Milk Coffee

June 7, 2011 at 20:11 | Posted in biscuits | Leave a comment
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Just how many biscuits do you need to go with your coffee? We recently looked at the ‘Morning Coffee‘ biscuit, and now the ‘Milk Coffee’. And why is there no ‘Afternoon Tea’ biscuit? These are the things that keep me awake at night.

I actually think that this biscuit is the slightly upmarket version of the ‘Morning Coffee’. This one sports the full Arnott’s livery, and is available from the supermarket, as opposed to the ‘Morning Coffee’ which seems to be aimed at institutions.

And that is exactly how it looks and tastes. Slightly thicker than the Morning Coffee, with a classier scalloped edge, but essentially the same kind of thing. Perhaps a slightly lighter bake, with a more open texture; a slightly richer taste. But we’re talking graduations of a few degrees here, so it’s nothing to get excited about. I gave the Morning Coffee four out of ten, and these deserve the same rating. Or perhaps a 4.1 out of ten…


February 2, 2011 at 14:24 | Posted in biscuits | 1 Comment
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What do the apostrophes in ‘Malt’O’milk’ represent? If they represent missing letters, then presumably the un-contracted name of these biscuits has a middle word with an ‘O’ in the middle. Malt More Milk? Malt Sour MIlk?

Or perhaps they are quote marks rather than apostrophes, perhaps referring to someone’s name. However, I only know of one literary character called ‘O’, and it seems very unlikely that Arnott’s would name a biscuit after her.

Or perhaps the type of malt that finally was considered perfect and ready for production during development of these biscuits was the fifteenth variety, after ‘Malt ‘A’ Milk’, ‘Malt ‘B’ Milk’ and so on.

Anyway, they are quite a thin, dark biscuit, with the words ‘Malt’O’Milk’ written on them in wavy writing. (If you are from the UK, these biscuits will not be what you are expecting. This is because in the UK there is a biscuit called ‘Malted Milk’, which is actually kind of like a thin Scotch Finger, bit with a picture of a cow and a pig and a milk churn on it. These are not at all like that, as you will see.)

They are quite crunchy with a high bake, with a sort of slightly spicy taste; the maltiness is also quite distinct. For some reason they remind me of those little biscuits you sometimes get in foil wrappers when you order a coffee in France.

The shape, high bake and taste lend themselves admirably to dunking; this is a biscuit that was just made to be dipped into a cup of tea. (I suppose, given my earlier comment, they might also go with coffee, but as everyone knows you don’t have biscuits with coffee. Not unless you are in France.) It’s very easy to polish off a while pack in this way, although you do get a lot of biscuits in a pack so it takes a while and the tea can go cold in the process.

I’d give these a seven out of ten. Really quite good.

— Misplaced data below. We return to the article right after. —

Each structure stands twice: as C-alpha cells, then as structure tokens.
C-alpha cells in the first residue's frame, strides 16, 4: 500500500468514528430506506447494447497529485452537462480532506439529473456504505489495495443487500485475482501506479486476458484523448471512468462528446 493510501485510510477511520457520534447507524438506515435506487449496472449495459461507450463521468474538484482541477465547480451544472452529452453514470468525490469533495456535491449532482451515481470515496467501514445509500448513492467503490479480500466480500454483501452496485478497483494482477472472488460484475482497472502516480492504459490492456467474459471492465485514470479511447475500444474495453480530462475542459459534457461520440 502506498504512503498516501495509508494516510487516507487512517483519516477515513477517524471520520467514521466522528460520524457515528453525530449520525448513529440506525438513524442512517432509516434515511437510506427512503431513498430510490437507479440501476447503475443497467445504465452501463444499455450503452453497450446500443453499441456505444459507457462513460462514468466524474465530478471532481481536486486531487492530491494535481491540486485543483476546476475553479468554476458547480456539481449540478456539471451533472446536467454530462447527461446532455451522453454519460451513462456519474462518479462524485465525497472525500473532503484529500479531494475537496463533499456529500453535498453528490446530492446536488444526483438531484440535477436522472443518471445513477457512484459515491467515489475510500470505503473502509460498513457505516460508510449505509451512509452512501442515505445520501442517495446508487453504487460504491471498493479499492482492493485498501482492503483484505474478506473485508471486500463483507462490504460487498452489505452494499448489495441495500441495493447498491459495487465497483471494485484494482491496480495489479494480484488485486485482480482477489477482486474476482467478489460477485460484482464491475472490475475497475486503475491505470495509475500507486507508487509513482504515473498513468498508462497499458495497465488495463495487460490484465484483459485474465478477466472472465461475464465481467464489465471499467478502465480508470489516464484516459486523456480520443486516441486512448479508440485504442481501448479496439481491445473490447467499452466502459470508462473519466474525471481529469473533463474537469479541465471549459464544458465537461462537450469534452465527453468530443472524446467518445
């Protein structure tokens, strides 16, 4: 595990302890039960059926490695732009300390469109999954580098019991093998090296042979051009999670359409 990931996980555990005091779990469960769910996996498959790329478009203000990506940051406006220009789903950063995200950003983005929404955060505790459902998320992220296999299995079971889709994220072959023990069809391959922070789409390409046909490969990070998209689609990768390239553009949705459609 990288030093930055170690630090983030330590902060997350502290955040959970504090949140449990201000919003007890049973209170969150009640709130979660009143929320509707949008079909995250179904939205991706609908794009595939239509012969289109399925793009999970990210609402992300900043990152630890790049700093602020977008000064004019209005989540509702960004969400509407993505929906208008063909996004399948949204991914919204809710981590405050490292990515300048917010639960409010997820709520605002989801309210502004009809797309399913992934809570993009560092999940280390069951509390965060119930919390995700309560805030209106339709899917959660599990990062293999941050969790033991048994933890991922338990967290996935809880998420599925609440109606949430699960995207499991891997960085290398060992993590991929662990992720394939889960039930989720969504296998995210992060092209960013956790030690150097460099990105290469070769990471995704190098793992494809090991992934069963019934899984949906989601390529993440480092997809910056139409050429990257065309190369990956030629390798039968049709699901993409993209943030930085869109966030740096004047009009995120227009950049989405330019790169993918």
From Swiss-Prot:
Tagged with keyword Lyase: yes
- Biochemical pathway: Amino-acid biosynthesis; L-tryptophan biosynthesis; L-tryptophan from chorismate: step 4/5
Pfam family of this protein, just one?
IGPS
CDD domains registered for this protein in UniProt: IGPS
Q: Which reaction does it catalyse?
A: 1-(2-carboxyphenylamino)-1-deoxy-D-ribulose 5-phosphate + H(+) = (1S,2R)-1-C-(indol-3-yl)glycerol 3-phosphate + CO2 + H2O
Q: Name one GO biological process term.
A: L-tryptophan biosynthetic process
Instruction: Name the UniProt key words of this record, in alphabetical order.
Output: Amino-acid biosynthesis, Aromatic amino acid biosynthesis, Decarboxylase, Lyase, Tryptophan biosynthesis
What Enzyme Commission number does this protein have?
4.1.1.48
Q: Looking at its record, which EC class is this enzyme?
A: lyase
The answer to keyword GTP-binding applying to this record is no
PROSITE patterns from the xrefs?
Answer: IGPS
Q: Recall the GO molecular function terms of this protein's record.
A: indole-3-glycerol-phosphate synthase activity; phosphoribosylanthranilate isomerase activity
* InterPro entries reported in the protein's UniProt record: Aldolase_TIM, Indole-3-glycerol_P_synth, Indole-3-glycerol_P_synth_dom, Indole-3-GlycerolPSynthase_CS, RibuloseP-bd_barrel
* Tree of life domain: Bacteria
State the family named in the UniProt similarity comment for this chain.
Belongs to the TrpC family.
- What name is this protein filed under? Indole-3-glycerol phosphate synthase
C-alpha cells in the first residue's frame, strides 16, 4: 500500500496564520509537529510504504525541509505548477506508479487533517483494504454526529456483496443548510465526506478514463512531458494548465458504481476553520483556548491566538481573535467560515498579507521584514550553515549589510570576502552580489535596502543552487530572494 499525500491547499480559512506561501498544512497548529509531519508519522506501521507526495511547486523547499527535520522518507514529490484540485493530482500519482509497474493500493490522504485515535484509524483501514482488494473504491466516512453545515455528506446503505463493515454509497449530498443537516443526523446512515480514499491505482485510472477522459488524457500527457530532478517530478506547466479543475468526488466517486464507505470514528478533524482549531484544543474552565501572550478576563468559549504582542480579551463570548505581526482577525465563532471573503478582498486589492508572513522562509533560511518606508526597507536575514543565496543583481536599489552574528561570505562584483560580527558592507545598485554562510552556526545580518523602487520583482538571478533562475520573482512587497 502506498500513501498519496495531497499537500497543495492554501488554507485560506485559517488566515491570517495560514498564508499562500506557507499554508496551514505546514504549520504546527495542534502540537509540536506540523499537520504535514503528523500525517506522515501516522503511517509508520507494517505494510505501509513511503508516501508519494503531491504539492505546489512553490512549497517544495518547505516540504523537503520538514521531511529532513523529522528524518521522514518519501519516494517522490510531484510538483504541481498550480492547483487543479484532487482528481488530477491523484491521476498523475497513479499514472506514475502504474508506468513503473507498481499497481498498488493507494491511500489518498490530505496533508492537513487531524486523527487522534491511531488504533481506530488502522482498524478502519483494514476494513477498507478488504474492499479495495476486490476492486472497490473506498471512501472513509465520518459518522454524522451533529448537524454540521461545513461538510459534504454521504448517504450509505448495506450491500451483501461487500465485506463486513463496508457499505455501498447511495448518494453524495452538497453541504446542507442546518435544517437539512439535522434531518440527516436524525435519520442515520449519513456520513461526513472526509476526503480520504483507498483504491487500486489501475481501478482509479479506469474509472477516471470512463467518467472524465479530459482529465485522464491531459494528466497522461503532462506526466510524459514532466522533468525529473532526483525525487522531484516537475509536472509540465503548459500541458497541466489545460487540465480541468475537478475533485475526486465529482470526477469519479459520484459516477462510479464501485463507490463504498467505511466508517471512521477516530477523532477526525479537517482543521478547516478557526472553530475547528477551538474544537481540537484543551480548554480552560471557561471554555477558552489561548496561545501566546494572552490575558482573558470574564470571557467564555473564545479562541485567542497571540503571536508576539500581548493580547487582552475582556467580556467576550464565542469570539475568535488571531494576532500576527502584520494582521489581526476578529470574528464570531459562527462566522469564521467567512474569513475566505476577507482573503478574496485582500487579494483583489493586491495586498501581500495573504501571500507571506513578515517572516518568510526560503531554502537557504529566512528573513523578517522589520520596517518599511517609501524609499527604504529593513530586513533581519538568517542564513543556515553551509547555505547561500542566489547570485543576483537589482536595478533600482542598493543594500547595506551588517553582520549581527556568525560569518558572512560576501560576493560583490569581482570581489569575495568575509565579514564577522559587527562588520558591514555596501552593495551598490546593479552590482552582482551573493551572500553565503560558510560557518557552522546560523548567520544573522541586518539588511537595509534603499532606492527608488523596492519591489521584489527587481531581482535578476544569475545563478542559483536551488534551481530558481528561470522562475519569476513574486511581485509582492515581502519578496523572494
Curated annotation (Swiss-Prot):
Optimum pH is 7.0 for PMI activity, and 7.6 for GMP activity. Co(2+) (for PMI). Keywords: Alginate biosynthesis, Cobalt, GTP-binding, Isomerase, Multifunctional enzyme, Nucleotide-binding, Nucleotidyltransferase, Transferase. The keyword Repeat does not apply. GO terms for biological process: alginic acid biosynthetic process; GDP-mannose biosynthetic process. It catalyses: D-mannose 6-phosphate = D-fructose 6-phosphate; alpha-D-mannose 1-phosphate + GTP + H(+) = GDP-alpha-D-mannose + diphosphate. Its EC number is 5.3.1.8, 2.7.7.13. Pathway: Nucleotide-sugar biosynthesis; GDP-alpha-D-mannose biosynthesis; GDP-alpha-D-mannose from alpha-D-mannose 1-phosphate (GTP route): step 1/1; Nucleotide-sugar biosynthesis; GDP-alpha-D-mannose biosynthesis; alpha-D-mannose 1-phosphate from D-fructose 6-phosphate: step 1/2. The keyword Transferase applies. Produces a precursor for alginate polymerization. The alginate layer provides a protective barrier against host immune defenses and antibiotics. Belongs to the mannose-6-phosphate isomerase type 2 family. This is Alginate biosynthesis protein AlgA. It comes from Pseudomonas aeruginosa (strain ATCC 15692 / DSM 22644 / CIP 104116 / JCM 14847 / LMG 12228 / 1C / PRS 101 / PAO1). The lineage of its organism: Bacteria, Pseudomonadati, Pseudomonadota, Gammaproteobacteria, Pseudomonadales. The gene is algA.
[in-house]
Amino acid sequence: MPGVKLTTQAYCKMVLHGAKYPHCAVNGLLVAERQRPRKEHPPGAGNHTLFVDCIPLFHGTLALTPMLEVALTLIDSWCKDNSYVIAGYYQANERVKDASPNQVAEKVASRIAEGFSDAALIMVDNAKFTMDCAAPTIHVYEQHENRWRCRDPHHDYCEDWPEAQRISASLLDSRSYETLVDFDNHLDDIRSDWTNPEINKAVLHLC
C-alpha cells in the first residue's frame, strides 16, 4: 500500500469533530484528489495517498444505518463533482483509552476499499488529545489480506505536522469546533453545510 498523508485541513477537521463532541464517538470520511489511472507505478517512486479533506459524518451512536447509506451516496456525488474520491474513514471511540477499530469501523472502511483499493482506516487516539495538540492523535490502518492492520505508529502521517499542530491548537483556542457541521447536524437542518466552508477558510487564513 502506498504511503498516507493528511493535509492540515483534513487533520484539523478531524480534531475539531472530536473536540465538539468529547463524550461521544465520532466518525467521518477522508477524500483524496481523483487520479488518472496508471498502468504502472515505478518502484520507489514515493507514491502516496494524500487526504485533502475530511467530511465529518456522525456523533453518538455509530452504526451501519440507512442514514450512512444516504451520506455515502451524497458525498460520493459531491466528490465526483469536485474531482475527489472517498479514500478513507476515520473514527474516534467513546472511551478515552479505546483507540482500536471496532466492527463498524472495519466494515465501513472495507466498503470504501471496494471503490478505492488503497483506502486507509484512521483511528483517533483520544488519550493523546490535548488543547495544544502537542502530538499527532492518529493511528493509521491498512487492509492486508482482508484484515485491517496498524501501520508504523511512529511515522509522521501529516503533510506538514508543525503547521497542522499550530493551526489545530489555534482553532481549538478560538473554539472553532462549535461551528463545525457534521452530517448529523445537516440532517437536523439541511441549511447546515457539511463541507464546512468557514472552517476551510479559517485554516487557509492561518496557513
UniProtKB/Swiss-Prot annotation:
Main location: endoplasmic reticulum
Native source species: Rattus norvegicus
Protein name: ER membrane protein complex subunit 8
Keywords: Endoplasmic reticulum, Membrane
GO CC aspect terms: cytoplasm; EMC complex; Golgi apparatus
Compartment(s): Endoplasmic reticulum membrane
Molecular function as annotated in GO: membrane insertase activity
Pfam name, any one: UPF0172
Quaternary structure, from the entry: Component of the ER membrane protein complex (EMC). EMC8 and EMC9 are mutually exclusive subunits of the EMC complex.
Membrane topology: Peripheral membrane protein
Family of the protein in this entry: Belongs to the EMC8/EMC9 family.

Milk Chocolate Royal

September 7, 2010 at 08:24 | Posted in biscuits | Leave a comment
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Some time ago we looked at the dark chocolate Royal, a biscuit I spoke highly of, and gave a nine out of ten. I did in that article counsel against the milk chocolate ones, but a friend bought me a packet anyway, so I thought I’d take a look at them.

I have to say, I was deeply shocked, and to explain why I have to admit to something. When I wrote my dark chocolate Royal review, I had never had a milk chocolate one. You could therefore quire legitimately call me to task for recommending the dark ones over the milk-  how could I make such a recommendation, you might ask, if I had never actually tasted both varieties?  It’s a good question; however one that is ultimately moot as the dark ones are much better –  much much better in fact, as we shall see.

Back to the matter at hand; why was I so shocked? Well, I had naively imagined that the milk chocolate version differed from the plain chocolate version in chocolate coating alone. How wrong I was! The milk chocolate version is a completely different beast. It has a thin layer of raspberry (or possibly strawberry, or perhaps just ‘red’) jam  between the biscuit base and the mallow, and the mallow itself is pink. The pack itself gives little indication that this is the case; the artwork does depict this, but this is easy to miss, and indeed the pinkness of the mallow is much more pronounced in real life than on the pack. But there is nothing in the description on the pack that mentions the addition of jam.

So what does this do to the taste of the milk chocolate Royal? Well, it exacerbates the sweetness of the whole thing. This is further enhanced by the milk chocolate begin sweeter (the cause of my initial reservations) and just makes the whole thing too sweet, and somewhat over-engineered.

So in summary, I stand by my original conclusion. Go for the dark chocolate Royal, and avoid these. They are way too sweet to enjoy properly; after just one or too you have overloaded on sweetness and can start feeling bilious. And what use is a biscuit that you can only eat one or two of in one sitting? These merit only a three out of ten.

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